(ii) Digital Free Trade Area instruments ready for trials in member states. COMESA Secretariat has completed the design of the Digital Free Trade Area and its action plan and the Electronic Certificate of Origin (eCO) and its draft regulations. The two instruments are now ready for piloting in 15 Member States that are willing and ready to participate. They include: Burundi, Democratic Republic of Congo, Egypt, Ethiopia, Kenya, Madagascar, Malawi, Mauritius, Rwanda, Sudan, Seychelles, Uganda, Swaziland, Zambia and Zimbabwe. Ministers attending the recent Ministerial Council meeting in Lusaka (3-4 November) welcomed the progress made on the development of electronic trade facilitation tools noting that they have the potential to transform regional trade. The Council recommended for a phased approach for rolling out the instruments for the Digital FTA. This will begin with the instruments that are ready and Member States that are ready to participate during the year 2017. Other segments will be finalized concurrently while addressing constraints Member States may have.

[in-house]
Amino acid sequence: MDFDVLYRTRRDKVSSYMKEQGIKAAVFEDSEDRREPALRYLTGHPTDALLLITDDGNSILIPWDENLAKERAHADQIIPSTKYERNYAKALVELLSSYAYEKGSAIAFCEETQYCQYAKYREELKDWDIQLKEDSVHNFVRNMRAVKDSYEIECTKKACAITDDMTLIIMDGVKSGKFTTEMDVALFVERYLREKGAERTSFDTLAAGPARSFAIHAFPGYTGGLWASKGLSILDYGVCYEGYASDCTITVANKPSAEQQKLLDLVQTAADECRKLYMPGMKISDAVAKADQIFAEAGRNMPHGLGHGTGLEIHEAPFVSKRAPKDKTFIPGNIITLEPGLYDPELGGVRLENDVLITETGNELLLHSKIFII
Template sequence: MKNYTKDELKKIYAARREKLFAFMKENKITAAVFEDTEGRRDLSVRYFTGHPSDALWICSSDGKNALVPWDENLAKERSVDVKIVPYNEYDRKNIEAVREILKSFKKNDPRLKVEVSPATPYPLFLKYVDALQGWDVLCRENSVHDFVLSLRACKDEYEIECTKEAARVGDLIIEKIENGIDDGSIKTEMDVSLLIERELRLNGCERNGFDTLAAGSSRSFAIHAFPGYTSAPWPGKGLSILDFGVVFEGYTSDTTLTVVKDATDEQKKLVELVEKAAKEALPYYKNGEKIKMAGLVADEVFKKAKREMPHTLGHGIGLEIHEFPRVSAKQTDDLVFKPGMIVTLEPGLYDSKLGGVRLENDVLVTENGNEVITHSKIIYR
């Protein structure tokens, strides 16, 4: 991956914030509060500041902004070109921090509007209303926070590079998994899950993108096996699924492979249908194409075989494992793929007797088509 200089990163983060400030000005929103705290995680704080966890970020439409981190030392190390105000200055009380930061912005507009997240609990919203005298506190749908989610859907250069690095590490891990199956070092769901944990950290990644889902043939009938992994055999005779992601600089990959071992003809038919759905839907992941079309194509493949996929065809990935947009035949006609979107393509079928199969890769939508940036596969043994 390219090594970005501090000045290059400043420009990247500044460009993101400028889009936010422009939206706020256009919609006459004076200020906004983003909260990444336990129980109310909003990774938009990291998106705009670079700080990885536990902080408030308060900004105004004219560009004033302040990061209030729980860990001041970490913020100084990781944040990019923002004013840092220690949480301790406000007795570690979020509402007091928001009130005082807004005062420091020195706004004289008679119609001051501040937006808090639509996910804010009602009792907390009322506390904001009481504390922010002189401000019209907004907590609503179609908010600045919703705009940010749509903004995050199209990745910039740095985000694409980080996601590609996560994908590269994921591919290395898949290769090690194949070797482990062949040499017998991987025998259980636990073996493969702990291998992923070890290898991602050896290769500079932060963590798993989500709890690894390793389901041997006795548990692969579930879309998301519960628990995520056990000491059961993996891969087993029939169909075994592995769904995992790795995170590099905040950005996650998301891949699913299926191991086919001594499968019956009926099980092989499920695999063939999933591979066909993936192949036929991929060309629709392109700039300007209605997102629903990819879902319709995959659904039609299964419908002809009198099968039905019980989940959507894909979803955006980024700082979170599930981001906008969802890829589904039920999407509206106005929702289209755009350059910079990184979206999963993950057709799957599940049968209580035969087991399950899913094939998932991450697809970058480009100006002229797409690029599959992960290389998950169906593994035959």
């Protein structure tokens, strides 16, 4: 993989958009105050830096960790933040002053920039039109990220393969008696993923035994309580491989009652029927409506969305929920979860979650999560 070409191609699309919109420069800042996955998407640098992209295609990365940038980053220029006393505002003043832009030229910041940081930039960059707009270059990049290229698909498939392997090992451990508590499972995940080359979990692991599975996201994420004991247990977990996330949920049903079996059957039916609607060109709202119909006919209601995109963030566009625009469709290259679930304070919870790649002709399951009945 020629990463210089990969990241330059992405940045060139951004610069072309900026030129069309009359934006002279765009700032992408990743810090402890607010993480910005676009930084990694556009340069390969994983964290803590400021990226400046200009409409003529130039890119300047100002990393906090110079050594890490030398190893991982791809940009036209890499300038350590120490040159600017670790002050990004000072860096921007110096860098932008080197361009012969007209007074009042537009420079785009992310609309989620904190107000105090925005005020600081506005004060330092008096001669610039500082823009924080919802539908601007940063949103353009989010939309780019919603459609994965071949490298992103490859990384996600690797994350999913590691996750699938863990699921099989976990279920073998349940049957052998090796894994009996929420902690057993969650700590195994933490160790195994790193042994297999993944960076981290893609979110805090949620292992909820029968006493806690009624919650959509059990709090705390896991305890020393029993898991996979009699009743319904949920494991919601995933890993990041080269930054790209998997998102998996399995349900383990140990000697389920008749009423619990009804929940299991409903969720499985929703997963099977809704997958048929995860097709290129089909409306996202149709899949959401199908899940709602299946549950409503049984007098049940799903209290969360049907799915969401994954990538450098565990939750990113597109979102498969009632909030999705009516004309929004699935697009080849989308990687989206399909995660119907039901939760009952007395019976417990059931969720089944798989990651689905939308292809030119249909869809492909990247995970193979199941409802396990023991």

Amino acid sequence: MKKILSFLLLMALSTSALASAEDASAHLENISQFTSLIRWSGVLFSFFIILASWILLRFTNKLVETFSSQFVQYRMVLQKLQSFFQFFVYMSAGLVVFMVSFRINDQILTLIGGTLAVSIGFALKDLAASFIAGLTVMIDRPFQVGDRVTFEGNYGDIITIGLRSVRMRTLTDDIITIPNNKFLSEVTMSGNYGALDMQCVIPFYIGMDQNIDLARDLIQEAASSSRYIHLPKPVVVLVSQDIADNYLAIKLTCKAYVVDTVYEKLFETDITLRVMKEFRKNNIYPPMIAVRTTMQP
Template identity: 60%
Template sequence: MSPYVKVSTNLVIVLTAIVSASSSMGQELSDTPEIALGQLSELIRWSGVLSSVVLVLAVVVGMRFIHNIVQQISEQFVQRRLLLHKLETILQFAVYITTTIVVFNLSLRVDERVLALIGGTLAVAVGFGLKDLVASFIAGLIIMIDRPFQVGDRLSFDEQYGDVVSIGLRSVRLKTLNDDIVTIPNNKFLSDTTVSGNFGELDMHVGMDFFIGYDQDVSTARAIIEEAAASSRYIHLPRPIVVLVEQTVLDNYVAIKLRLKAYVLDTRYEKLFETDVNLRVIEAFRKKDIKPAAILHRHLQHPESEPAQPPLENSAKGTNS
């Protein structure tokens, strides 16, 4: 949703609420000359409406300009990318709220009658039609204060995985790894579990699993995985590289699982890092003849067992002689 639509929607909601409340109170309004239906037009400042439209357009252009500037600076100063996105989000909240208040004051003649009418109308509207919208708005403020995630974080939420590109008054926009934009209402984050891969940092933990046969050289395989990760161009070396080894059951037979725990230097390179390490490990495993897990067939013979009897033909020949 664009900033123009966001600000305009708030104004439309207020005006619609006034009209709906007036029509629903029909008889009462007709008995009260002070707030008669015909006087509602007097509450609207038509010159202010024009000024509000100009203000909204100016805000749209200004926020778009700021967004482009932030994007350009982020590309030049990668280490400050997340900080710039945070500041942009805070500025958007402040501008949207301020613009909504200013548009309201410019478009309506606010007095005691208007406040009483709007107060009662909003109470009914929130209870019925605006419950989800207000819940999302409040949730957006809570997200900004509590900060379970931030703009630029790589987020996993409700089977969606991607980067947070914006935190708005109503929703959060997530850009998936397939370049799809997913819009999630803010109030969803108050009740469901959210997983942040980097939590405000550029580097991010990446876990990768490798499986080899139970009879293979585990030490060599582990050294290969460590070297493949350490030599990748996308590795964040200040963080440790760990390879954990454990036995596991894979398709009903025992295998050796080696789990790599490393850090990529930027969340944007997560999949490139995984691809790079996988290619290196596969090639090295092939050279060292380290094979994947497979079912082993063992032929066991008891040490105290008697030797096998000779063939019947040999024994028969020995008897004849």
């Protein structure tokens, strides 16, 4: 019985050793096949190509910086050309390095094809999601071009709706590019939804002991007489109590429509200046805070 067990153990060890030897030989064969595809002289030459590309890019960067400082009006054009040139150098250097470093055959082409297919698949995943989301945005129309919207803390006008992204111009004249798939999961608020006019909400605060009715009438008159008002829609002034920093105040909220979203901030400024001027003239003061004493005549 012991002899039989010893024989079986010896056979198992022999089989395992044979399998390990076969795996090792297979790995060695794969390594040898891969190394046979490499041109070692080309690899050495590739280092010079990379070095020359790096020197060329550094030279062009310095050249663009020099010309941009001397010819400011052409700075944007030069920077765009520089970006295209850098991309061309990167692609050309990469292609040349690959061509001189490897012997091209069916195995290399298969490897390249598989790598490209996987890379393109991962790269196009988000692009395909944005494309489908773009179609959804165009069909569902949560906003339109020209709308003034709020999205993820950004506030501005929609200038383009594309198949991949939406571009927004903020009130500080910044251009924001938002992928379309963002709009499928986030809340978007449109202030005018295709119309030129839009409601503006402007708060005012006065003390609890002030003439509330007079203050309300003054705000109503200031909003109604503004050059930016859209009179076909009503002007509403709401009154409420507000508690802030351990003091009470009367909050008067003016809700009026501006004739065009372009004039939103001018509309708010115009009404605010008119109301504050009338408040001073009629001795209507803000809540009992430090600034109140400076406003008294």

(iii) Ministers pledge support to innovation to raise product quality. Their decision was informed by a report presented to them showing that, on average, the level of technological sophistication of exported products from the COMESA region was not only low, but has also declined. The report noted that a narrow range of product sophistication across the member States has persisted. This notwithstanding that primary and resource based products in the COMESA region have continued to account for the largest share in the export basket. Except for Mauritius (43%), primary and resource based products together accounted for more than 60% of the export basket in all Member States, up from 50% in 2014. For Rwanda, Malawi and Zimbabwe these two categories accounted for more than 80% of the exports while for Burundi, DRC, Zambia, Comoros, Seychelles, Ethiopia and Djibouti they accounted for more than 90% of total exports. “Put together, the products accounted for more than 60% of the export basket in all Member States, up from 50% in 2014,” the report said. “Rwanda, Malawi and Zimbabwe accounted for more than 80% of the exports while Burundi, DRC, Comoros, Zambia, Seychelles, Ethiopia and Djibouti they accounted for more than 90% of total exports.”